To see such a beautiful little girl and know that her mother does not cherish her for the the precious gift that she is made my guts twist into tight knots of impotent rage. Watching her scoop spoonful after spoonful of innocent pleasure into her sweet little mouth, knowing it might be her last for some time....well, it broke my heart into a million pieces.

I didn't really know what to do with that. So I pushed it away. And eventually I was distracted by all the merry making. When I looked again, she was gone, but two desserts remained. She had eaten only one. For some reason, that made me heartbroken all over again.

There's really no point to my story, I suppose. If there has to be one, then I guess it would be that no matter how horrible most of us think we are at parenting, as long as our children have food in their bellies and tons of love and approval...the rest is pretty incidental.

Hug your children. Cherish them. Never take them for granted.

And let them have sweet treats now and then. Life is nothing without a little sweetness and we'll never appreciate it the way we did when we were kids.

17 Comments:

  • At 9:44 AM, Blogger Mysit said…

    Bless your heart. As another mother of two boys who also pines for a daughter in odd moments, this breaks my heart. And like you - I can't imagine "forgetting" to feed my kids. I just don't understand people like that.

    *sigh*

     
  • At 10:48 AM, Blogger bubandpie said…

    I wish this post were on paper so I could let a tear trip on the page.

     
  • At 11:56 AM, Blogger Kathy said…

    So heartbreaking. My job is working exclusively on child abuse cases and, after five years, I've about reached my limit. It's really tough to see when you have little ones at home.

    Most of the parents have substance abuse or mental health issues, so they can barely take care of themselves, let alone a sweet, innocent child.

    My job is especially tough this time of year.

     
  • At 12:48 PM, Blogger BethGo said…

    That is just wrong.
    My kid is the opposite. He barely eats. I am constantly chasing him around the house trying to coerce a little food into him and I still worry that he's not getting enough.
    You're right. No mother "forgets" to feed their baby.
    I'm sitting here living vicariously through your experience wondering if there is anything we could do for this little one.
    I guess all I can say is that your post really has me thinking.
    Thanks for that.

     
  • At 1:07 PM, Blogger The Sour Kraut said…

    It just goes to show you how ugly and evil addiction can be. That is very, very sad.

    I realize I'm making an assumption, but I would say it's a pretty good guess. There are few things that mothers put above their children.

     
  • At 6:03 PM, Blogger Veronica Mitchell said…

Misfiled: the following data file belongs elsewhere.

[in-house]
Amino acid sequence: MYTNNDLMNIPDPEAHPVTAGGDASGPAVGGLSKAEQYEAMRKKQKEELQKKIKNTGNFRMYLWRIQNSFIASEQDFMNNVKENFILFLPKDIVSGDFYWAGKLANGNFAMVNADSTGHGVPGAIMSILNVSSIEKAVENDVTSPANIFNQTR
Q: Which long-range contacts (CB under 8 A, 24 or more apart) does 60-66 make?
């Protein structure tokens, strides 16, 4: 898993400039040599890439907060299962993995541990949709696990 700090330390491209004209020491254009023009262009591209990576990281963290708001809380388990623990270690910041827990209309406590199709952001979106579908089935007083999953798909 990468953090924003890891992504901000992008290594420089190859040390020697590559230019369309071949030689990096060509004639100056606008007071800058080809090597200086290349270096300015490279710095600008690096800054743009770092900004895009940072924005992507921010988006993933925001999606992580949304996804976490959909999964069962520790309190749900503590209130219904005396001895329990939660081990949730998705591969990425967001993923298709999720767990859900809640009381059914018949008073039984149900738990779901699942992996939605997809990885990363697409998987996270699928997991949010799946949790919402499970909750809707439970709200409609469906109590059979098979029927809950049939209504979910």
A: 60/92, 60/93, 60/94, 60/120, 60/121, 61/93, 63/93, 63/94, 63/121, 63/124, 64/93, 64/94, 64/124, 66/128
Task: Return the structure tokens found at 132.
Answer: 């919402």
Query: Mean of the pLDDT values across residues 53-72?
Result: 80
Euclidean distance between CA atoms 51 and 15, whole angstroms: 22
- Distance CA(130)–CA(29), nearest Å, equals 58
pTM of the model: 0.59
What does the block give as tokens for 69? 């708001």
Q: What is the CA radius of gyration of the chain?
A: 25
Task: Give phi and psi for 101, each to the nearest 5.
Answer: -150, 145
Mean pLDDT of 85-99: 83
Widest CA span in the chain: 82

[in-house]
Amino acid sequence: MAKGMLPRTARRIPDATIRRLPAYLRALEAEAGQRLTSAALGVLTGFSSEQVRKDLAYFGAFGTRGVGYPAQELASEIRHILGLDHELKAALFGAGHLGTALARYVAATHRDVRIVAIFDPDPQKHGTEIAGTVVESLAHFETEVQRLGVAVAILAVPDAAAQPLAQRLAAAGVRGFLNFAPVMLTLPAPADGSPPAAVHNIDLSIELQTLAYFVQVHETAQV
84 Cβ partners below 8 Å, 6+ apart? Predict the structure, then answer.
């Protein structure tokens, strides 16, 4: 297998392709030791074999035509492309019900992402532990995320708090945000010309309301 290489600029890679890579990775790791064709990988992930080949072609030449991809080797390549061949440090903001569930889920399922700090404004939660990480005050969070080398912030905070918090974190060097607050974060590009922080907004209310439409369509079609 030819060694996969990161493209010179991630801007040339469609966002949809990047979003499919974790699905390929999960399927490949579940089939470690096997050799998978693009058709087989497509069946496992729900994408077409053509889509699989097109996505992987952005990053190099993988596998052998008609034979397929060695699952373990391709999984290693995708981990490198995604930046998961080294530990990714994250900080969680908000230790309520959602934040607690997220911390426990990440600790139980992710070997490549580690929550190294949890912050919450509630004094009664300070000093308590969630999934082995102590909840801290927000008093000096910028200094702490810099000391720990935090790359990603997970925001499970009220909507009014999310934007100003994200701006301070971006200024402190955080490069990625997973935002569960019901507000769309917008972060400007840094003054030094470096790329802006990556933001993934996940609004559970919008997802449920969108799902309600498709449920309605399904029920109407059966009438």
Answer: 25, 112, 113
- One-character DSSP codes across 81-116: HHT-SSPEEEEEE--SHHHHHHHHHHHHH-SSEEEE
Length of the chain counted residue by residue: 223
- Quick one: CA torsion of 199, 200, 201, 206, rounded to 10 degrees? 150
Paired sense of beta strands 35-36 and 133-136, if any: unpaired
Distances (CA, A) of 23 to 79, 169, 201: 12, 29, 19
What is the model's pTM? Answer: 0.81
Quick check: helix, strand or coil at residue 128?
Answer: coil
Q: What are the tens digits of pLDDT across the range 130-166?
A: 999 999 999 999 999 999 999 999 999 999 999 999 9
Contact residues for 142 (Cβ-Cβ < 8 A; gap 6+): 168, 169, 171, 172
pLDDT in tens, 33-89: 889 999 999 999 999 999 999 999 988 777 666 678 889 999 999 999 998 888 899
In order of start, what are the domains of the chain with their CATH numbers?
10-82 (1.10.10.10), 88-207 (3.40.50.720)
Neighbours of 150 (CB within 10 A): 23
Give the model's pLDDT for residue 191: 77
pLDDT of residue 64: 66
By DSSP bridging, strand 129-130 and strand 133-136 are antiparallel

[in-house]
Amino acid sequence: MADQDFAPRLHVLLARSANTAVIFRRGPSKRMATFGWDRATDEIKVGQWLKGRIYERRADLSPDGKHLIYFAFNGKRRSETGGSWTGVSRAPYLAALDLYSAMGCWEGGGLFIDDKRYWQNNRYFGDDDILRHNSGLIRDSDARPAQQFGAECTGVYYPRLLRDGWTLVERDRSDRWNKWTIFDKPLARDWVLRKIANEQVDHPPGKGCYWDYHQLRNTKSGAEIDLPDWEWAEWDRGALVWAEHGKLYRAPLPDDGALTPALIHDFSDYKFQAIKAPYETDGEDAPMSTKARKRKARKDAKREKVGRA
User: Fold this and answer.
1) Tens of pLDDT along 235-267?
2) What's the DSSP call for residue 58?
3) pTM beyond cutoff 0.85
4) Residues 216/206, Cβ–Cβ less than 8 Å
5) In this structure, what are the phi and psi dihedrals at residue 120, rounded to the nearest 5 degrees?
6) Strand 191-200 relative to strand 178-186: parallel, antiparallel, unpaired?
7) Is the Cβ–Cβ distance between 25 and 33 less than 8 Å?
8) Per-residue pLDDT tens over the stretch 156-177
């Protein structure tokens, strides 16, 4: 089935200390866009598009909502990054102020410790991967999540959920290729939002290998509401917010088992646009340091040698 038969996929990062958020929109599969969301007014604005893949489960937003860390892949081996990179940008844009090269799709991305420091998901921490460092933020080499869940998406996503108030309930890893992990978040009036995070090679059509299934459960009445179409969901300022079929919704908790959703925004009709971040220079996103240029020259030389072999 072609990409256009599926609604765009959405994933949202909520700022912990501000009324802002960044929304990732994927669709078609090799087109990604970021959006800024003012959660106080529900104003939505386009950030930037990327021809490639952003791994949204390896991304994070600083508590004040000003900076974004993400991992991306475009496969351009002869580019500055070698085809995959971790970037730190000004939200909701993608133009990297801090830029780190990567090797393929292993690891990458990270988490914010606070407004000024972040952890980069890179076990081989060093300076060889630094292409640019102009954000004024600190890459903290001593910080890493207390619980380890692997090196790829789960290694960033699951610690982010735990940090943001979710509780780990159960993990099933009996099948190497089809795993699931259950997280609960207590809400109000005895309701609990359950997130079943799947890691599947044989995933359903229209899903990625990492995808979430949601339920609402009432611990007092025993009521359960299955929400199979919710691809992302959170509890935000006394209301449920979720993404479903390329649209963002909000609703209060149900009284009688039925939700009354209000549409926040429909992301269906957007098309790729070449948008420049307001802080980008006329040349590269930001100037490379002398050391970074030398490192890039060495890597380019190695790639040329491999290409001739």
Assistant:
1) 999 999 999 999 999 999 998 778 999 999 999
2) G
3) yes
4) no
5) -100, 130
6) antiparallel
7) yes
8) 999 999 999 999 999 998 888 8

My father, a gentle and peaceable man, was discussing a similar horrible set of parents with me once. He said quietly, "Some people should be horse-whipped." I knew how he felt.

     
  • At 8:00 PM, Blogger Mrs. Chicky said…

    This just broke my heart. I can't imagine not feeding a child, any child. If a kid is hungry you give them food, it's instinctual and I don't think you have to be a parent to feel that way. Unfortunately, i have a black sheep or two like that in my family and it kills me to see how they treat their children.

     
  • At 8:22 PM, Anonymous mothergoosemouse said…

    It's difficult enough to hear about complete strangers who don't care for their children. I can hardly imagine how awful it would be to know a relative - albeit by marriage - who was so neglectful.

     
  • At 11:31 PM, Blogger Mamma said…

    I'll just never understand.

    With that big family, I hope that little girl has someone who is looking out for her.

    Truly heartbreaking!!

     
  • At 8:35 AM, Anonymous Jenny said…

    How awful.

    I've gotta go hug my little girl right now.

     
  • At 10:06 AM, Blogger jen said…

    i can't stand hearing this. i want to take that little girl and love her. how unnecessary it is to be cruel. i'll never understand it.

    poor little one.

     
  • At 10:22 AM, Anonymous Andrea said…

    How is it that the girl was returned to her mother if she's still neglectful? If the woman couldn't be bothered to feed her before, what changed that she's going to do it now? That just makes me so mad, and so sad for that little girl.

     
  • At 12:44 PM, Blogger Oh, The Joys said…

    Don't you just wish you could bring her home with you?!!

     
  • At 1:02 PM, Blogger Sandra said…

    Stories like this stir up such emotion in me. Anger, sadness, frustration. That poor sweet thing will be in my thoughts all day. I would have had to restrain myself from scooping her up and bringing her home.

     
  • At 6:42 PM, Blogger Rock the Cradle said…

    Heartbreaking...

    And but for the blue eyes (and the witch of a mother) she could be my daughter.

    We both need a big snuggle right now.

     
  • At 5:29 PM, Blogger bubandpie said…

    I was thinking about this story some more today. Obviously there was serious neglect involved, or the child would not have been taken away. But it may have been incompetence more than cruelty. As Bethgo said, there are children who will not, of their own volition, eat enough to thrive, and a good parent in that situation bends over backwards to hide calories in the child's food and to ensure that the child receives adequate nutrition. A parent who, for whatever reason, is less than adequate may not even realize that a child who never seems hungry, or who refuses food when offered it, isn't just "fine."

    I hope for that little girl's sake that her mother has made some significant changes in her life.

     
  • At 4:12 AM, Blogger c2s Hayley said…

    *wiping eyes...sniffling*

    Unfortunately, I live in a town where this is all too common. Alcoholism and drug addiction are a huge problem, and the children suffer. It is too heartbreaking...